The members of the Johnson County Community College baseball team hadn't the slightest clue why they were lining up outside of their dugout after a 5-4 victory over Coffeyville on April 19.
You'd think that a team would be making a big fuss as its coach approached his 500th career victory. But that just wouldn't be Kent Shelley's style.
For the most part, his players had no idea.
"Personally, if you want to know the truth, after we won the game, guys were wondering what was going on," sophomore catcher Tommy Mangino quipped. "In a way, that's good because we didn't know, and there was no pressure on us. We just rolled through it like we did all year. In disguise, it probably helped us."
It was a short postgame recognition, followed by some words from Shelley to his players and capped with a steak dinner for the entire team.
And that's just how Shelley, a Lawrence native in his 19th season as coach at JCCC, wanted it to go. In his mind, victory No. 500 was no more important than the 499 that preceded it. And that mentality is a major reason why he has been so successful.
"It's certainly a milestone in any coaching career," Shelley said. "I'm not quite sure what it says about me other than I'm old and have been around for a long time.
"I've never been a stat guy, never been concerned with my personal achievements."
If you would have asked Shelley after he graduated from Kansas University in 1983 if he saw a coaching career like the one he has had in the cards, he might have had his doubts.
|Who: JCCC baseball coach, 19th seasonCollege: Kansas University (1983)Family: Wife, Marge; daughters: Amanda, Madison|
After hitting .233 with two home runs in 120 at-bats as a catcher at KU over two seasons, Shelley took a job as a sales representative for a paper-supplies company in Denver, but life just wasn't the same without a ballpark in his daily routine.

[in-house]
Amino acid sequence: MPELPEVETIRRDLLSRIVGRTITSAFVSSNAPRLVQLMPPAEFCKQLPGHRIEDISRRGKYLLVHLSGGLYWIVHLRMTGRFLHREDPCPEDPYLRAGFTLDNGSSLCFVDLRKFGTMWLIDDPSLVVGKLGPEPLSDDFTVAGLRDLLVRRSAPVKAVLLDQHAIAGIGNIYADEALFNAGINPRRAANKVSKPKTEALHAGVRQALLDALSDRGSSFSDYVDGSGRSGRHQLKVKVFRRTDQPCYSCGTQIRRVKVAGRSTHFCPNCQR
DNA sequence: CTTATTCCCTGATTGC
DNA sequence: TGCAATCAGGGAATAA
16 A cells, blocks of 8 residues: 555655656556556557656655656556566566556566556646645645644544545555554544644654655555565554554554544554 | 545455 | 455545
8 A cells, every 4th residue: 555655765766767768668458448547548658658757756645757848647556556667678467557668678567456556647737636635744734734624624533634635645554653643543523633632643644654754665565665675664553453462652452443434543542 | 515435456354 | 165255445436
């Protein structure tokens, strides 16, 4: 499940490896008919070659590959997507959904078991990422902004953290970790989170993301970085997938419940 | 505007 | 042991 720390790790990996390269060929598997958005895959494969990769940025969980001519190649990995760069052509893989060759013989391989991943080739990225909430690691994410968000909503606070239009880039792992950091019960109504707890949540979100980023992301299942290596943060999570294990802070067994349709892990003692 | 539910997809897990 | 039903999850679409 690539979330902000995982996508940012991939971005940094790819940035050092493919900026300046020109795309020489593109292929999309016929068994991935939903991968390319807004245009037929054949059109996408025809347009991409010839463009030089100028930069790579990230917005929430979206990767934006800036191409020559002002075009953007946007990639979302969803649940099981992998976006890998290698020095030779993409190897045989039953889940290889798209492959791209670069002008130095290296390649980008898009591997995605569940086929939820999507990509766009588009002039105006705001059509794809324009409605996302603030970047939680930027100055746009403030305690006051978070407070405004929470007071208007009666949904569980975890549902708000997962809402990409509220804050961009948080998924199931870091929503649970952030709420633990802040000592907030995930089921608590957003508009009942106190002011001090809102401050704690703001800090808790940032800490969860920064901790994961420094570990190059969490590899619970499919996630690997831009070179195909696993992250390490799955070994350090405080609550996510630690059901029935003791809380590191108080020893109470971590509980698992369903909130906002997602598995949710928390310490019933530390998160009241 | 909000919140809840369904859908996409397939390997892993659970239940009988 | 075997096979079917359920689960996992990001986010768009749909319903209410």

Opportunity knocked when he became the first paid assistant coach in JCCC history, working under his legendary predecessor, Sonny Maynard. True, the gig only paid $700 a year, but it put baseball back in his life.
Maynard taught Shelley plenty about how to build and maintain a successful program, which made win No. 505 -- five days after claiming 500 -- one of the most difficult games to swallow. That victory pushed Shelley past Maynard on the school's all-time victory list.
"The 505th victory ... that was certainly a bittersweet victory for me, because that was one that I didn't ever want to really happen," Shelley said. "That is not one I looked forward to. Coach Maynard has meant so much to this college, to this program. In my eyes, he'll always be coach."
But over the course of his tenure with the Cavaliers, Shelley has built quite a reputation of his own, preaching fundamentally sound baseball based on speed, moving runners along the bases consistently and also sending droves of players on to four-year programs.
Mangino, a fellow Lawrence product and son of KU football coach Mark Mangino, joined the Cavaliers instead of taking a preferred walk-on spot at KU after graduating from Lawrence High.
Now Mangino is in the process of figuring out which school he'll be moving on to in the fall. Some schools of interest are Washburn, Rockhurst, Tennessee Union and Iona.
"Just being around him, he's got a lot of knowledge of the game, especially for myself, because I'm a catcher," Mangino said. "I think (he's taught me) the mentality of being a catcher. The mind-set you have to have behind the plate. He's talked to me about being a leader on the field."
Shelley is like that with all of his players, whether recommending them over the phone to his numerous contacts in the baseball world across the country or just showing them off during pregame warmups.
And Shelley wants nothing more than just to keep going along, doing things the way he has for 19 years for as long as he can.